Epic Fantasy Series? - VeggieBoards
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#1 Old 07-14-2013, 07:18 AM
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Or even not-so-epic fantasy series. I'm talking fiction here. Those huge tomes about other worlds filled with magical beings! Ridiculous trash to some, essential as breathing to others.

 

I've just completed the extant volumes of George R.R. Martin's A Song of Ice and Fire and am now with some reluctance (not because I dislike Jordan, but because Martin's world and word-craft is so fabulous and it's likely to be several years before Martin finally concludes ASoIaF) resuming the eighth volume of Robert Jordan's The Wheel of Time saga. Luckily I've still got six volumes of TWoT (not the best acronym) to go, so I'm in no rush to interrupt it with something else again, but I am curious about other epic fantasy series that I may not have heard of or read.

 

So, anyone got any suggestions?


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#2 Old 07-14-2013, 07:30 AM
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Elric saga, Micheal Moorcock.
The Mythadventures series, Robert Aspirin.
Thieves World
Lord of the Rings

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#3 Old 07-14-2013, 07:40 AM
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The Chronicles of Thomas Covevant the Unbeliever

The Second Chronicles of ...

 

I read these two trilogies when I was a teen. I remember liking them. Don't think they were too popular though, so they may be a little difficult to track down.


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#4 Old 07-14-2013, 08:49 AM
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Elric saga, Micheal Moorcock.
The Mythadventures series, Robert Aspirin.
Thieves World
Lord of the Rings

 

Thanks Silva. I've read LotR though not the others you mention. Did you enjoy them for any particular reasons? Care to elaborate any? Cheers :)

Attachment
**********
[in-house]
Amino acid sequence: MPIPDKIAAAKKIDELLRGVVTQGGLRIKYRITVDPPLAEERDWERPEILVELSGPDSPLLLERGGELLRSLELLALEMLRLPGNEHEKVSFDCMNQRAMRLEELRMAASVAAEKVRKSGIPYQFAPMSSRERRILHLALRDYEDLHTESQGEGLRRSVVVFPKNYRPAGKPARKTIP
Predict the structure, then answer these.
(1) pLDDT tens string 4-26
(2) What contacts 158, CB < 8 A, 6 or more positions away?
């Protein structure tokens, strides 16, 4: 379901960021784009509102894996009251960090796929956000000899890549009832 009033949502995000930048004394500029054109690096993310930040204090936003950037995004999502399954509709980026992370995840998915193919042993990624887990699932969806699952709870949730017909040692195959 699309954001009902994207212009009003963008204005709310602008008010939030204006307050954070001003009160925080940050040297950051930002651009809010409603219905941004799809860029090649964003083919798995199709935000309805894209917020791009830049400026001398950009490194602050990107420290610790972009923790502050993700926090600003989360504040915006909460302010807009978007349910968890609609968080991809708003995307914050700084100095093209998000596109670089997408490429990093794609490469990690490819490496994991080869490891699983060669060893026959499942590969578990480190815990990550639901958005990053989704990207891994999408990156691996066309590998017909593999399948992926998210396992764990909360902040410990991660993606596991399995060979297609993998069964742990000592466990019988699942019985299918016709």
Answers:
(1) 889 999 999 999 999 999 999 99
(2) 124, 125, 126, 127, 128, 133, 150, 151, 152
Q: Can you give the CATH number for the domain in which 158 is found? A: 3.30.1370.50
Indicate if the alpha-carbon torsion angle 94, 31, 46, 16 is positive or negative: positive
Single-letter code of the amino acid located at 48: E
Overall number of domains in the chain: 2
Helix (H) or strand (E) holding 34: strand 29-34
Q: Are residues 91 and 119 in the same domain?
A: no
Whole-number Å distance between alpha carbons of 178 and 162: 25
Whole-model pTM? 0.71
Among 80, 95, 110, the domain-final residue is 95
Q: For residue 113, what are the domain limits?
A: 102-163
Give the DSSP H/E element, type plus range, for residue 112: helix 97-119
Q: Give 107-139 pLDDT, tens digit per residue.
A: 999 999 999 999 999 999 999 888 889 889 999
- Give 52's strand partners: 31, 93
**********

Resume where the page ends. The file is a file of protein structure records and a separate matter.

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#5 Old 07-14-2013, 08:56 AM
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Originally Posted by Dave in MPLS View Post

The Chronicles of Thomas Covevant the Unbeliever

The Second Chronicles of ...

 

I read these two trilogies when I was a teen. I remember liking them. Don't think they were too popular though, so they may be a little difficult to track down.

 

I think TCoTCtU splits fantasy readers quite a lot. I know someone who LOVES them! I found it hard to get past Covenant's morose personality, and then of course he's a rapist which possibly makes him a highly challenging character for a woman to identify with; even a female reader who can enjoy an unabashed anti-hero. It was some years ago I tried reading the Covenant novels though, so maybe I could try them again with a view to simply accepting Covenant's character more objectively as it is.


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#6 Old 07-14-2013, 09:44 AM
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I would recommend the eddas most of all, find a good translatio not the first books around.

 

The most epic fantasy is not modern, it is the original stuff the modern comes from.

 

Check out say Tolkien sources.

 

Sure there is some good modern stuff, but everything looks pale in comparison.

 

Most religious books ( there is much more than one or two ).

 

And when you read them, don't consider them as a product of imagination.

 

Ever read journey to the west ? Now that is serious stuff.

 

For what you purely ask, elric has the advantage of having an anti hero, the polish witcher has good reputation but haven't read it yet, the malazan book of the fallen has been warmly recommended to me by a good friend as a superbly constructed world where heroes are seriously fallible, magic has a price, but possibly too badly written for my ( personal picky ) taste ( for example i just cannot stand k dick no matter how good some of his stories might be )